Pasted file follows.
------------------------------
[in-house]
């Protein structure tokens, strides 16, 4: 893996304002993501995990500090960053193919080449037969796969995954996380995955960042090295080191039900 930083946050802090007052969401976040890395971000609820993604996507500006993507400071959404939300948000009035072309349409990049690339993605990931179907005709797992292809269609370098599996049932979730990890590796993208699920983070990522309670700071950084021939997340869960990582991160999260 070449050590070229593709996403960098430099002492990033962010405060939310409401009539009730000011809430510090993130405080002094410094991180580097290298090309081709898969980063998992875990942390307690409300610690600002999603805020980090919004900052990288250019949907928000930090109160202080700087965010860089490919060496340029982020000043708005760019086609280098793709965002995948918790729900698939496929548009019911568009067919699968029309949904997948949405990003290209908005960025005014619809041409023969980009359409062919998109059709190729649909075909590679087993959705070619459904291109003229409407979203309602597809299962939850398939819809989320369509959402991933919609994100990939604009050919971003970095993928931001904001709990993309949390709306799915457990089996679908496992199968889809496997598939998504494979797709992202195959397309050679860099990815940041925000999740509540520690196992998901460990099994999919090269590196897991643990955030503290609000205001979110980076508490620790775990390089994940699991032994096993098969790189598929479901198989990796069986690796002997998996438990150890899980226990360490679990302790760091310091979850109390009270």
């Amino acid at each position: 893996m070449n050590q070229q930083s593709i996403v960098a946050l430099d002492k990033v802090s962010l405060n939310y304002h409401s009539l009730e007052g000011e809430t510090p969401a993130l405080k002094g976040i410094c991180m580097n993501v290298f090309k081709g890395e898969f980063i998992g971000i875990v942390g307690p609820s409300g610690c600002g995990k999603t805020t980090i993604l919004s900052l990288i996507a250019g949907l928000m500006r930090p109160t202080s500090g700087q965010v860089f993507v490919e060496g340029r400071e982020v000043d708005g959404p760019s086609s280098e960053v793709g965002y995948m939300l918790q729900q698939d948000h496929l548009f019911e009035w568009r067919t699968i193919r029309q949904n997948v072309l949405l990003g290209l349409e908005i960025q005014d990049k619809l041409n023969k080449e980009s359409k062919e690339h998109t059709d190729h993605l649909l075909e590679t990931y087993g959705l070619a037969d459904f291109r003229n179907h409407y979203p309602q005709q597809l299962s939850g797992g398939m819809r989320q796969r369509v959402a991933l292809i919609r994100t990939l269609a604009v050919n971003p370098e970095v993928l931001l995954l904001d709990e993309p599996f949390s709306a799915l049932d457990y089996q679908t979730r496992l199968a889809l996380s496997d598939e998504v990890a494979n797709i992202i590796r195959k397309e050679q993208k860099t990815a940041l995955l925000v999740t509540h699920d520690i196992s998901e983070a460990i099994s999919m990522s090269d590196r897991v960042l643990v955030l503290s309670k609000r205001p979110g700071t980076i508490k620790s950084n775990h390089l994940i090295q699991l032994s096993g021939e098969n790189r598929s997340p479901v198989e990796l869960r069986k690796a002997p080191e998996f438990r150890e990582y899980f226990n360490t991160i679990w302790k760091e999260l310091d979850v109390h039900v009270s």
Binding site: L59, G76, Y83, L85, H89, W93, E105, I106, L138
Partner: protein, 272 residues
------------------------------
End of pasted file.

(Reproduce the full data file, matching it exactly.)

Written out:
[in-house]
């Protein structure tokens, strides 16, 4: 893996304002993501995990500090960053193919080449037969796969995954996380995955960042090295080191039900 930083946050802090007052969401976040890395971000609820993604996507500006993507400071959404939300948000009035072309349409990049690339993605990931179907005709797992292809269609370098599996049932979730990890590796993208699920983070990522309670700071950084021939997340869960990582991160999260 070449050590070229593709996403960098430099002492990033962010405060939310409401009539009730000011809430510090993130405080002094410094991180580097290298090309081709898969980063998992875990942390307690409300610690600002999603805020980090919004900052990288250019949907928000930090109160202080700087965010860089490919060496340029982020000043708005760019086609280098793709965002995948918790729900698939496929548009019911568009067919699968029309949904997948949405990003290209908005960025005014619809041409023969980009359409062919998109059709190729649909075909590679087993959705070619459904291109003229409407979203309602597809299962939850398939819809989320369509959402991933919609994100990939604009050919971003970095993928931001904001709990993309949390709306799915457990089996679908496992199968889809496997598939998504494979797709992202195959397309050679860099990815940041925000999740509540520690196992998901460990099994999919090269590196897991643990955030503290609000205001979110980076508490620790775990390089994940699991032994096993098969790189598929479901198989990796069986690796002997998996438990150890899980226990360490679990302790760091310091979850109390009270």
């Amino acid at each position: 893996m070449n050590q070229q930083s593709i996403v960098a946050l430099d002492k990033v802090s962010l405060n939310y304002h409401s009539l009730e007052g000011e809430t510090p969401a993130l405080k002094g976040i410094c991180m580097n993501v290298f090309k081709g890395e898969f980063i998992g971000i875990v942390g307690p609820s409300g610690c600002g995990k999603t805020t980090i993604l919004s900052l990288i996507a250019g949907l928000m500006r930090p109160t202080s500090g700087q965010v860089f993507v490919e060496g340029r400071e982020v000043d708005g959404p760019s086609s280098e960053v793709g965002y995948m939300l918790q729900q698939d948000h496929l548009f019911e009035w568009r067919t699968i193919r029309q949904n997948v072309l949405l990003g290209l349409e908005i960025q005014d990049k619809l041409n023969k080449e980009s359409k062919e690339h998109t059709d190729h993605l649909l075909e590679t990931y087993g959705l070619a037969d459904f291109r003229n179907h409407y979203p309602q005709q597809l299962s939850g797992g398939m819809r989320q796969r369509v959402a991933l292809i919609r994100t990939l269609a604009v050919n971003p370098e970095v993928l931001l995954l904001d709990e993309p599996f949390s709306a799915l049932d457990y089996q679908t979730r496992l199968a889809l996380s496997d598939e998504v990890a494979n797709i992202i590796r195959k397309e050679q993208k860099t990815a940041l995955l925000v999740t509540h699920d520690i196992s998901e983070a460990i099994s999919m990522s090269d590196r897991v960042l643990v955030l503290s309670k609000r205001p979110g700071t980076i508490k620790s950084n775990h390089l994940i090295q699991l032994s096993g021939e098969n790189r598929s997340p479901v198989e990796l869960r069986k690796a002997p080191e998996f438990r150890e990582y899980f226990n360490t991160i679990w302790k760091e999260l310091d979850v109390h039900v009270s």
Binding site: L59, G76, Y83, L85, H89, W93, E105, I106, L138
Partner: protein, 272 residues